A large proportion of the people get their living direct from mother Earth, as farmers or stock-raisers. The latest census returns show that 125,276 persons are proprietors and employers, while 183,740 persons are wage-earners, the two classes together supporting 343,381 dependents (women, children and old people). Altogether, therefore, 652,397 persons, or nearly 30% of the whole population get their living direct from Norway’s few fertile acres. A little less than 5% (including 40,190 employers or independent workers, 10,557 employes and 58,041 dependents), get their living from the sea, through the fisheries.
About 21% (including 80,550 employers, 162,092 employes and 221,835 dependents), get their living in various industries and in mining (silver, copper, iron pyrites, feldspar, etc.)
The chief factory industries are those of the saw-mill, flour-mill, wood-pulp-mill, match-factory, brewery, clothmill, and india-rubber factory.
The smaller industries most widely practised are naturally the simple, universal crafts of the tailor, shoemaker, carpenter, mason, smith, joiner, cooper, etc. Sewing, spinning and knitting are done for wages by 22,201 women.
Not quite 67o (129,353) live on the profits of shop-keeping and wholesale trade. Transportation, including both railway and posting, provides bread and butter for 57o (116,893 people).
Three per cent. of the people are supported by the work of professional men and women, or by persons holding salaried positions under the government.
About the same number (less than 75,000) live on incomes from invested capital.
All the total figures given above include both responsible heads of families and those dependent upon them.
Norway’s money system is based on a gold standard. Only one bank (owned partly by the State and partly by individual stockholders), is empowered to issue bank-notes. The State coins gold, silver, cop-per and bronze, in values calculated on a decimal system.
The pieces in most common circulation are silver and copper or bronze coin. Values are reckoned in crowns (kroner), equivalent to 27 cents in American money or 1 shilling 1/ pence in British money. The crown is divisible into 100 parts, called ore (a little more than % cent). The heaviest gold-piece is worth 20 crowns ($5.40).
A person with an income of 10,000 crowns ($2,700) is considered distinctly “well-off”; the possessor of more than this would be accounted rich even in Christiania. The average middle-class income in one of the provincial towns is not much over 3,000 crowns ($810). A tradesman is considered prosperous if he makes half that amount. Farmers’ incomes average hardly more than $220. Ordinary mechanics and artisans earn about $150. House servants and farm laborers earn less than $100.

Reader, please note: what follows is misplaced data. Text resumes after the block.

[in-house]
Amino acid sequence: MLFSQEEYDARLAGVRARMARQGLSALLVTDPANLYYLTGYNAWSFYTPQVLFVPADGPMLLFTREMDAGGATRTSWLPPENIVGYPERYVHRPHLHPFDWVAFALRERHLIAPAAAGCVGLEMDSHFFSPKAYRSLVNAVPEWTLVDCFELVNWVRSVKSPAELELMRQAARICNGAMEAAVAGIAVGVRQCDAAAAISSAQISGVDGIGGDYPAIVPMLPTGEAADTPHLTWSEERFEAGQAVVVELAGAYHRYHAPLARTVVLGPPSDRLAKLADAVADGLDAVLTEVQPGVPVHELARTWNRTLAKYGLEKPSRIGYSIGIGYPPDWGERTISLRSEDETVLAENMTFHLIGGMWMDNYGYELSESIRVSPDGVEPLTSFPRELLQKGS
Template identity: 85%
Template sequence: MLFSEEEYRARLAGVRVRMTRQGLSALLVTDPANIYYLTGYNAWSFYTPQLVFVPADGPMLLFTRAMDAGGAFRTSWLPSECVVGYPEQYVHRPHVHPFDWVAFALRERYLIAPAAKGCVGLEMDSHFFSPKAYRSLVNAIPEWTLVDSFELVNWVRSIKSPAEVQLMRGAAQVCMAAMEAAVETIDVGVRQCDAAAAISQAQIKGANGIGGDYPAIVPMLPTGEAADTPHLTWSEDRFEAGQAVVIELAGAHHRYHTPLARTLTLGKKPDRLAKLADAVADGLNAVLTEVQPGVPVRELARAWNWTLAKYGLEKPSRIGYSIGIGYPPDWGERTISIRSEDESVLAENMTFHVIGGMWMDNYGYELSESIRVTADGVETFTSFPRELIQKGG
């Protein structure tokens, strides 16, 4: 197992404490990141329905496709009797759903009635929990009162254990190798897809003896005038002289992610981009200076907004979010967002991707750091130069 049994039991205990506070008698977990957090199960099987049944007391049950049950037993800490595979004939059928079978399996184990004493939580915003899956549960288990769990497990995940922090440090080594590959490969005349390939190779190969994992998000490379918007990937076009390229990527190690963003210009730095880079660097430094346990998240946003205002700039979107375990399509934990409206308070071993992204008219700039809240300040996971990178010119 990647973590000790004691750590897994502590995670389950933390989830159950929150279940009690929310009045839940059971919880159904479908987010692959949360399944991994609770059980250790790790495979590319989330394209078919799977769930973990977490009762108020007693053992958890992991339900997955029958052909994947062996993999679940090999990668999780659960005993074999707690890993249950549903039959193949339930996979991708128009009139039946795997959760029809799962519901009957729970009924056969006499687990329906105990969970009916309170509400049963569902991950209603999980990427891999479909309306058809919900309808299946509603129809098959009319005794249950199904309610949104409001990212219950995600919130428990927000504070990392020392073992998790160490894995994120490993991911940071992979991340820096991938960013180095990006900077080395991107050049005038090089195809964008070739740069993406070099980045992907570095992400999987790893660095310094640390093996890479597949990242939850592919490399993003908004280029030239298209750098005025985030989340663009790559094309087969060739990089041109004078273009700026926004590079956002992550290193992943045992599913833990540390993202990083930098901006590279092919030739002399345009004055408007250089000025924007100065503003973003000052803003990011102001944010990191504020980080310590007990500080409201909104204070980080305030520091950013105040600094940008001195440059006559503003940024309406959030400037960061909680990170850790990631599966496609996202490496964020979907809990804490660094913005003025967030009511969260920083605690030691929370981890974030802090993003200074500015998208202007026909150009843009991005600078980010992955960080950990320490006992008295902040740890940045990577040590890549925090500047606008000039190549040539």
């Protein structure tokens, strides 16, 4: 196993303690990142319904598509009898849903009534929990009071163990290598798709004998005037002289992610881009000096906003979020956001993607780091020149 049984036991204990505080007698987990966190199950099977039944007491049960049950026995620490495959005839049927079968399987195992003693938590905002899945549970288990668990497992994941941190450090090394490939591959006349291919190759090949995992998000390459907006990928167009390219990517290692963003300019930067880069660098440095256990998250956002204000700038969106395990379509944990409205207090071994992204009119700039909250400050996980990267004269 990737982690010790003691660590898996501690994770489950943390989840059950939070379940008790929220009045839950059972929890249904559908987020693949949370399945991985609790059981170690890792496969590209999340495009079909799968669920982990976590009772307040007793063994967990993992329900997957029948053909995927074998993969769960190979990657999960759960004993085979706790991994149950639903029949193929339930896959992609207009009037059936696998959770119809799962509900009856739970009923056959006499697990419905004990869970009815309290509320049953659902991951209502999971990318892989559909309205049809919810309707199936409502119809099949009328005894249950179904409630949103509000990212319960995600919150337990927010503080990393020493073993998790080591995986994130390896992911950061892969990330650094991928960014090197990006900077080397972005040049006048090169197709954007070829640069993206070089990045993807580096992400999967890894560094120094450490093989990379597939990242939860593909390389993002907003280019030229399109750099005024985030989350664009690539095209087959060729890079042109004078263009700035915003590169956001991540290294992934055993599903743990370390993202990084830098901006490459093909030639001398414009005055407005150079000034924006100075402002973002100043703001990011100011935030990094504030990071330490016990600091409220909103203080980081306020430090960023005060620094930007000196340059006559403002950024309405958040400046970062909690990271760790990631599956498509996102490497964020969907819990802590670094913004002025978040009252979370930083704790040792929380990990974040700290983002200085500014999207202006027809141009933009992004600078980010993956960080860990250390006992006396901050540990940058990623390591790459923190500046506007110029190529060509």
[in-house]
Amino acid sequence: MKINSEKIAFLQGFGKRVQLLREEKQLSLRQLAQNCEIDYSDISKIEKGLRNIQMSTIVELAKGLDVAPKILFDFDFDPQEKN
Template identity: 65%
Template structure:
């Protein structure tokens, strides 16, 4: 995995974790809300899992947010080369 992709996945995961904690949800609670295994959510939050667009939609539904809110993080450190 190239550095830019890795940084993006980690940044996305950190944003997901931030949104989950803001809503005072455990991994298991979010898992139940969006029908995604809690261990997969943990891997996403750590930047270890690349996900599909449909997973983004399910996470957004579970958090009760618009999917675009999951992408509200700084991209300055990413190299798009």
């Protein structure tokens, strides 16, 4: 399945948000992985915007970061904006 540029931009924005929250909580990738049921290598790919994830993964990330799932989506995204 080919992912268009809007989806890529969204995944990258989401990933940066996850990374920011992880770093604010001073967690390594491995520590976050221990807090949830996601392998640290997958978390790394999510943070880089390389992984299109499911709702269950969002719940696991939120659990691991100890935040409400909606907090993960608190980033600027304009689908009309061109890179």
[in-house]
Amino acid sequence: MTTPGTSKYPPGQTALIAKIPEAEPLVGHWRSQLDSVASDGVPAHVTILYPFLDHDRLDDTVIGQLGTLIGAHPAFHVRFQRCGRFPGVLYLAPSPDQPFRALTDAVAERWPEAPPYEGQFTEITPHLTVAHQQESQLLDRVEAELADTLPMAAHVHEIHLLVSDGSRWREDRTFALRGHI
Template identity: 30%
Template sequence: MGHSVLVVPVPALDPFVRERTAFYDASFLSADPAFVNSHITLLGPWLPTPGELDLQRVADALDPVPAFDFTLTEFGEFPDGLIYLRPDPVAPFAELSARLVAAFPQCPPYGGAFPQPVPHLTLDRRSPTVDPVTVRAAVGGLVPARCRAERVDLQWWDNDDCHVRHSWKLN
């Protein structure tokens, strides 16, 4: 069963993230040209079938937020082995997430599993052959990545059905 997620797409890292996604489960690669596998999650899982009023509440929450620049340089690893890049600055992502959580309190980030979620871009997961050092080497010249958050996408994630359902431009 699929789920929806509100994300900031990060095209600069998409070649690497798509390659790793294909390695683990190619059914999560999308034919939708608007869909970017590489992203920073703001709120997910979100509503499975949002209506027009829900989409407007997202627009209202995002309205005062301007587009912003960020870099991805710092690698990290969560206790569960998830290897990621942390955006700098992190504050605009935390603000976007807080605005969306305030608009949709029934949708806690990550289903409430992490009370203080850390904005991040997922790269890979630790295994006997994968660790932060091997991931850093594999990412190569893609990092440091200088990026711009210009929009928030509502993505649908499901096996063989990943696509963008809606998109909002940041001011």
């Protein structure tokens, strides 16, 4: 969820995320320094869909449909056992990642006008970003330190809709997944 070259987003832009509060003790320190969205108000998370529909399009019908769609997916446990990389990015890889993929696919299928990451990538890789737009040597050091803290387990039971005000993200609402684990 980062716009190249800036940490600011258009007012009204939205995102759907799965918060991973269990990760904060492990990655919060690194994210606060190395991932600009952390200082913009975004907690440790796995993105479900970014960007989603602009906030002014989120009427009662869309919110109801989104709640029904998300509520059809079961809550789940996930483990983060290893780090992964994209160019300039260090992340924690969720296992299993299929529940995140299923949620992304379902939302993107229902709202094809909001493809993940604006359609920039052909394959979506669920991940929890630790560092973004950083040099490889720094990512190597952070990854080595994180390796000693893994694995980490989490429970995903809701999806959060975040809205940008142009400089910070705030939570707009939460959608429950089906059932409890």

Wage-rates are gradually rising. It is stated in an official work on Norway (Konow & Fischer) that the average income of employers is at present actually less than the average income of employes.
Among other demands the employer of factory labor has to meet is that of a special government assessment for funds insuring their employes against accidents. This assessment cannot be transferred to the wage-account and so collected from the wage-earners, but must come out of the profits of the business. Children under fourteen years of age cannot legally be employed in factories at all. Young people under eighteen are debarred from certain lines of employment, and must not be required to work more than 10 hours daily. Men cannot legally be required to work after 6 P. M. on the day preceding Sunday, or any recognized holy-day. Except for this stipulation there is at present no definite legal restriction of the length of a day’s work for an adult, but efforts are being made to secure the passage of a 10-hour law.
Savings-banks are numerous and well-managed, having 718,823 depositors. Many of the Norwegian municipalities have Building Loan funds, from which working men may borrow money at low rates for building cheap homes. Overcrowded houses are a conspicuous evil in the capital and other large centers of population, and efforts are being made to correct it.
Life insurance is placed by agents of private companies in the few large towns, but country people seldom save on this plan. It is, however, a common custom for an elderly farmer to deed a home estate to his eldest son, himself receiving a pension for life and retiring from active management of affairs.
In connection with these facts about incomes earned within the kingdom, it is of interest to know United States postal records show that, in a single year, Norwegians living in the United States have sent home to relatives and friends over a million dollars ($1,000,000). The tide of emigration continually rises ; in 1903 the figures reached 25,109. The postal statistics are significant, showing that in spite of the departure of an increasing number of workers, the home-country is by no means allowed to lose all the results of their labor elsewhere.
The foreign commerce of the kingdom amounts annually to $79,057,620 imports, 46,878,480 exports.
Among the largest import items are breadstuffs, tea and coffee, sugar, tobacco and manufactured goods of various sorts.
Among the more important exported articles are granite and timber, for use in constructive enterprises all over Europe; wood-pulp for the European paper mills ; matches ; iron for the great cutlery works at Birmingham and Sheffield (England) ; feldspar for use in continental porcelain factories ; cod and herring for the food of Norway’s European neighbors.